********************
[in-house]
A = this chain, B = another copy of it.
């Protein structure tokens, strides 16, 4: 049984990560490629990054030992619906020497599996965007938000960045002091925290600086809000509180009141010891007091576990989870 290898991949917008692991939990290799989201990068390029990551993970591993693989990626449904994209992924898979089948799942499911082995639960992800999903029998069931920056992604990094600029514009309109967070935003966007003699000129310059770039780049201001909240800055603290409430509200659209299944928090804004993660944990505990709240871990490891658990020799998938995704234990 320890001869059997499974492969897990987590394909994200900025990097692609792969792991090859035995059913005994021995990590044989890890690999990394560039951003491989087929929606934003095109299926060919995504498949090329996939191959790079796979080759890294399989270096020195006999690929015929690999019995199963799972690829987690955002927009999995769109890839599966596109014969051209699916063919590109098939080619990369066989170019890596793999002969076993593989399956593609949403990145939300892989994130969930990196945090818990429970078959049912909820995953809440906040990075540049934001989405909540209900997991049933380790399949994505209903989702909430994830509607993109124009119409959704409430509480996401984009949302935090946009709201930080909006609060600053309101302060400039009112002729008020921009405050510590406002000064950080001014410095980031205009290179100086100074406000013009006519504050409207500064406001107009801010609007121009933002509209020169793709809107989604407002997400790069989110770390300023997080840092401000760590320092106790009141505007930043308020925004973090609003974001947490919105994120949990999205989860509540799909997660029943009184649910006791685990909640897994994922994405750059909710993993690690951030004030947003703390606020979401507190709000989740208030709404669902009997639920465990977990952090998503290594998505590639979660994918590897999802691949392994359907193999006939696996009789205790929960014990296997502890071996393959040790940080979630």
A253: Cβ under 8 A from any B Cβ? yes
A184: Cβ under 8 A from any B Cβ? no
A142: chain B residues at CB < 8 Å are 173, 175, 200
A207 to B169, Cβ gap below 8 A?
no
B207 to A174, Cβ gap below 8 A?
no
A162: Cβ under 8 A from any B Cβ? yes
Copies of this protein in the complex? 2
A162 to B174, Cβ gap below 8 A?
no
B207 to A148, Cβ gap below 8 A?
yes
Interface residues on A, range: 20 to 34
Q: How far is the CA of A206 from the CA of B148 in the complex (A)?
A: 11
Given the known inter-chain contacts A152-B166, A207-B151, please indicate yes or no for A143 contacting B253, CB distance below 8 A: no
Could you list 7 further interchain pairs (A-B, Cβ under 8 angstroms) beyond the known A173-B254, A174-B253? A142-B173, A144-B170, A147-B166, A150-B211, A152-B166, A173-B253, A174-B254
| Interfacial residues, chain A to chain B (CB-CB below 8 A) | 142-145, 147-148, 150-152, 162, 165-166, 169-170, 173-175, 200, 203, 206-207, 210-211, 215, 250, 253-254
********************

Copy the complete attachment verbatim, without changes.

[in-house]
A = this chain, B = another copy of it.
């Protein structure tokens, strides 16, 4: 049984990560490629990054030992619906020497599996965007938000960045002091925290600086809000509180009141010891007091576990989870 290898991949917008692991939990290799989201990068390029990551993970591993693989990626449904994209992924898979089948799942499911082995639960992800999903029998069931920056992604990094600029514009309109967070935003966007003699000129310059770039780049201001909240800055603290409430509200659209299944928090804004993660944990505990709240871990490891658990020799998938995704234990 320890001869059997499974492969897990987590394909994200900025990097692609792969792991090859035995059913005994021995990590044989890890690999990394560039951003491989087929929606934003095109299926060919995504498949090329996939191959790079796979080759890294399989270096020195006999690929015929690999019995199963799972690829987690955002927009999995769109890839599966596109014969051209699916063919590109098939080619990369066989170019890596793999002969076993593989399956593609949403990145939300892989994130969930990196945090818990429970078959049912909820995953809440906040990075540049934001989405909540209900997991049933380790399949994505209903989702909430994830509607993109124009119409959704409430509480996401984009949302935090946009709201930080909006609060600053309101302060400039009112002729008020921009405050510590406002000064950080001014410095980031205009290179100086100074406000013009006519504050409207500064406001107009801010609007121009933002509209020169793709809107989604407002997400790069989110770390300023997080840092401000760590320092106790009141505007930043308020925004973090609003974001947490919105994120949990999205989860509540799909997660029943009184649910006791685990909640897994994922994405750059909710993993690690951030004030947003703390606020979401507190709000989740208030709404669902009997639920465990977990952090998503290594998505590639979660994918590897999802691949392994359907193999006939696996009789205790929960014990296997502890071996393959040790940080979630």
A253: Cβ under 8 A from any B Cβ? yes
A184: Cβ under 8 A from any B Cβ? no
A142: chain B residues at CB < 8 Å are 173, 175, 200
A207 to B169, Cβ gap below 8 A?
no
B207 to A174, Cβ gap below 8 A?
no
A162: Cβ under 8 A from any B Cβ? yes
Copies of this protein in the complex? 2
A162 to B174, Cβ gap below 8 A?
no
B207 to A148, Cβ gap below 8 A?
yes
Interface residues on A, range: 20 to 34
Q: How far is the CA of A206 from the CA of B148 in the complex (A)?
A: 11
Given the known inter-chain contacts A152-B166, A207-B151, please indicate yes or no for A143 contacting B253, CB distance below 8 A: no
Could you list 7 further interchain pairs (A-B, Cβ under 8 angstroms) beyond the known A173-B254, A174-B253? A142-B173, A144-B170, A147-B166, A150-B211, A152-B166, A173-B253, A174-B254
| Interfacial residues, chain A to chain B (CB-CB below 8 A) | 142-145, 147-148, 150-152, 162, 165-166, 169-170, 173-175, 200, 203, 206-207, 210-211, 215, 250, 253-254